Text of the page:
As Congress considers whether to increase federal offshore drilling fees amid declining oil production, the Obama administration has released a report highlighting some important caveats in such a proposal.
The report, titled “Oil and Gas Inshore Specialty Basin Revenue,” notes that some fees would only apply to certain areas, which would effectively discriminate against users of federal lands like tribes or those used for agriculture.
But the biggest hit to the special revenue fund, according to the report, would come from the repeal of a fee levied on oil and gas drilling companies to help pay for improvements to onshore infrastructure.
Last month, the Energy and Natural Resources Committee of the House passed a proposal to raise the fees on offshore drilling companies. The legislation came as the Obama administration looks to increase federal off-shore drilling fees, especially to help pay for improvements to infrastructure.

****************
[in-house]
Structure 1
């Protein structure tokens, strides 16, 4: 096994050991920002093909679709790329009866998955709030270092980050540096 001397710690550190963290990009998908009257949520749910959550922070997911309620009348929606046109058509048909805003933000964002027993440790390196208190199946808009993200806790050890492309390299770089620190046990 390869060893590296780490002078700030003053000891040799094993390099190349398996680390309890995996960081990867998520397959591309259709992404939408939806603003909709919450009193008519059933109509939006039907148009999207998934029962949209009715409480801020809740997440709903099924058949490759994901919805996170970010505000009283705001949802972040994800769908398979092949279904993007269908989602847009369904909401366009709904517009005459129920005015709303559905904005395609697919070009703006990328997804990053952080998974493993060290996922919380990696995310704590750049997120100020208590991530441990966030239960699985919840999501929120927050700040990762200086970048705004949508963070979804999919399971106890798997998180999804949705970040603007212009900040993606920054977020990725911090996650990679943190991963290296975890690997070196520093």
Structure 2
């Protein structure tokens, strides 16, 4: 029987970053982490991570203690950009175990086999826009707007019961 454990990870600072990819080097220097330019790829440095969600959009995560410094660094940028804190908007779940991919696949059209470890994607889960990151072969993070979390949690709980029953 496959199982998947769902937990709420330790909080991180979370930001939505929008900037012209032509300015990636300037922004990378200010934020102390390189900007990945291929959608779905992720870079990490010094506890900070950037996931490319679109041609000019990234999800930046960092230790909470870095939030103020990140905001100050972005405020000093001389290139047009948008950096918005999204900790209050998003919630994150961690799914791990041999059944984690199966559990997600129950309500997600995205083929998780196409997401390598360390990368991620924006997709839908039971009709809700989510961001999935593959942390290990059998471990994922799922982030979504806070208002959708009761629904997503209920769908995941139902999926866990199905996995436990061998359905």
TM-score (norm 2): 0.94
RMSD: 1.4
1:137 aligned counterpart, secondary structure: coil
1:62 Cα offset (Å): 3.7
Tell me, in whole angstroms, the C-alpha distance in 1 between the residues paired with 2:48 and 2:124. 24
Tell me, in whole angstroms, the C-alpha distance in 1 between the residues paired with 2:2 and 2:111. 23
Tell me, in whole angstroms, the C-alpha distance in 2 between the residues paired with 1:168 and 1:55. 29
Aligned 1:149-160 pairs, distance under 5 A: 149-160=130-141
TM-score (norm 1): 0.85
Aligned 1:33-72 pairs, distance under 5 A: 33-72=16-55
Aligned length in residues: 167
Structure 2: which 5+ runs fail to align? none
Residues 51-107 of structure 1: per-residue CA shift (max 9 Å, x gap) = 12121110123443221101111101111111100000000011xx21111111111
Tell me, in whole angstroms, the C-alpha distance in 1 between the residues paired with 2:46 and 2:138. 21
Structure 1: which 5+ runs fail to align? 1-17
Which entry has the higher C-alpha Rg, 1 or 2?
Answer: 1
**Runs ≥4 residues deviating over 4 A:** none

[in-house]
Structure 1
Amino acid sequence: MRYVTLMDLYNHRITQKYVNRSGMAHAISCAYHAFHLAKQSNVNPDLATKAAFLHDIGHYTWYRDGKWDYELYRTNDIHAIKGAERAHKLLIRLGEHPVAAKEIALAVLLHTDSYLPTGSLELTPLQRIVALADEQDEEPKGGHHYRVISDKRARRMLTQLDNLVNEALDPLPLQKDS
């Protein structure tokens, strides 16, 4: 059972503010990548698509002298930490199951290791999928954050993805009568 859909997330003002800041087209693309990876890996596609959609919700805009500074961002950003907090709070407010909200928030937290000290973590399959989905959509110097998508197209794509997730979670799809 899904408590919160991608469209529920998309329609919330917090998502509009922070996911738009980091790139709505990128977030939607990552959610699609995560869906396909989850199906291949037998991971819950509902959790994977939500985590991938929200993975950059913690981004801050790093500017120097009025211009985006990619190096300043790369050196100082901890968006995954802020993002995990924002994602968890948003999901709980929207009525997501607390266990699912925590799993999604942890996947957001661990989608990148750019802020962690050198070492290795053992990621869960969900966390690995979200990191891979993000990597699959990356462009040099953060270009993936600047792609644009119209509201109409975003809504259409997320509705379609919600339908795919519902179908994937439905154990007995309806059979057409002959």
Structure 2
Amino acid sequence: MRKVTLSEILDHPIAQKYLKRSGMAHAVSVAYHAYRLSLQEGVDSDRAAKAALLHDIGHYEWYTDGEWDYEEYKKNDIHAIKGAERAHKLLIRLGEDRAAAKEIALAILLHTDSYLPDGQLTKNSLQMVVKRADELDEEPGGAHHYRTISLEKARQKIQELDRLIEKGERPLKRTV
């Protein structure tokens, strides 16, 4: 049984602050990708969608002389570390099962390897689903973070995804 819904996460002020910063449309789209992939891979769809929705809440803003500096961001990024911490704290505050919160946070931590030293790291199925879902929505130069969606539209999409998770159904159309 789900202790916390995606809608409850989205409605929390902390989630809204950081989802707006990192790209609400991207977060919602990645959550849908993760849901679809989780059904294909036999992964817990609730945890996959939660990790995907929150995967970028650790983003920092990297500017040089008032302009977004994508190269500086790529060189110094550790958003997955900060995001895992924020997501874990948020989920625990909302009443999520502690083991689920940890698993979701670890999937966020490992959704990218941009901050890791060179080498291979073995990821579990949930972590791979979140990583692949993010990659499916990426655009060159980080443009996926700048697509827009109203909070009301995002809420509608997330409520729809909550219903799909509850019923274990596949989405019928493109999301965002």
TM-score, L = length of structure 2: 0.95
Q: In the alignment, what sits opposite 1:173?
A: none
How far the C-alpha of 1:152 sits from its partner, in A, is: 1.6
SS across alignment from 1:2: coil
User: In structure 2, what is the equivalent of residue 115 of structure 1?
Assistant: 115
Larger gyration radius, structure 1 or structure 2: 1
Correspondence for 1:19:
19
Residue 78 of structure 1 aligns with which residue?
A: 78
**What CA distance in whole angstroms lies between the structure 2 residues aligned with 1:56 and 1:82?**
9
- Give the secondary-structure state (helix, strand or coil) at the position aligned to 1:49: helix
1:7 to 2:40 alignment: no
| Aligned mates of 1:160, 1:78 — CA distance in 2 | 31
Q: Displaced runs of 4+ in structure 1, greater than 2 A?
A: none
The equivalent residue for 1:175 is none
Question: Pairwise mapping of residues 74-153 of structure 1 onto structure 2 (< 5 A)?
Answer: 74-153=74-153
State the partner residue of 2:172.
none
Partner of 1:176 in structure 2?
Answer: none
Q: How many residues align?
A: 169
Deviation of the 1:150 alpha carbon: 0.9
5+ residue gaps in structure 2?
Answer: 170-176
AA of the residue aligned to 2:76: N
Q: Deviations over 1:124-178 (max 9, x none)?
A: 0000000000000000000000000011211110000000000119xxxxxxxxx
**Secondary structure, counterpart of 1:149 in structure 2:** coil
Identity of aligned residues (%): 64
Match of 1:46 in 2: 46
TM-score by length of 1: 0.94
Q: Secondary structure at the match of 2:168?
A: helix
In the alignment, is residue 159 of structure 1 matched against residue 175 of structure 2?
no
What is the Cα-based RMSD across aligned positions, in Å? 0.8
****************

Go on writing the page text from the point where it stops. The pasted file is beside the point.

That bill may face a tougher time in the Senate, where Republicans have questioned the Treasury Department’s proposal to put a ceiling on how much revenue could come from coastal states’ licensing fees, which could increase the number of licenses issued in states like Alaska and North Dakota. Those states are active onshore oil-production centers, but oil and gas production in these areas has fallen off.
In a statement, Interior Secretary Ryan Zinke reiterated that federal offshore drilling is needed, even though oil and gas production fell by more than 10 percent in the past two years.
“We have fundamentally shifted how we manage oil and gas in our national interest, while also ensuring the federal government remains a partner with the states and local communities where production takes place,” he said.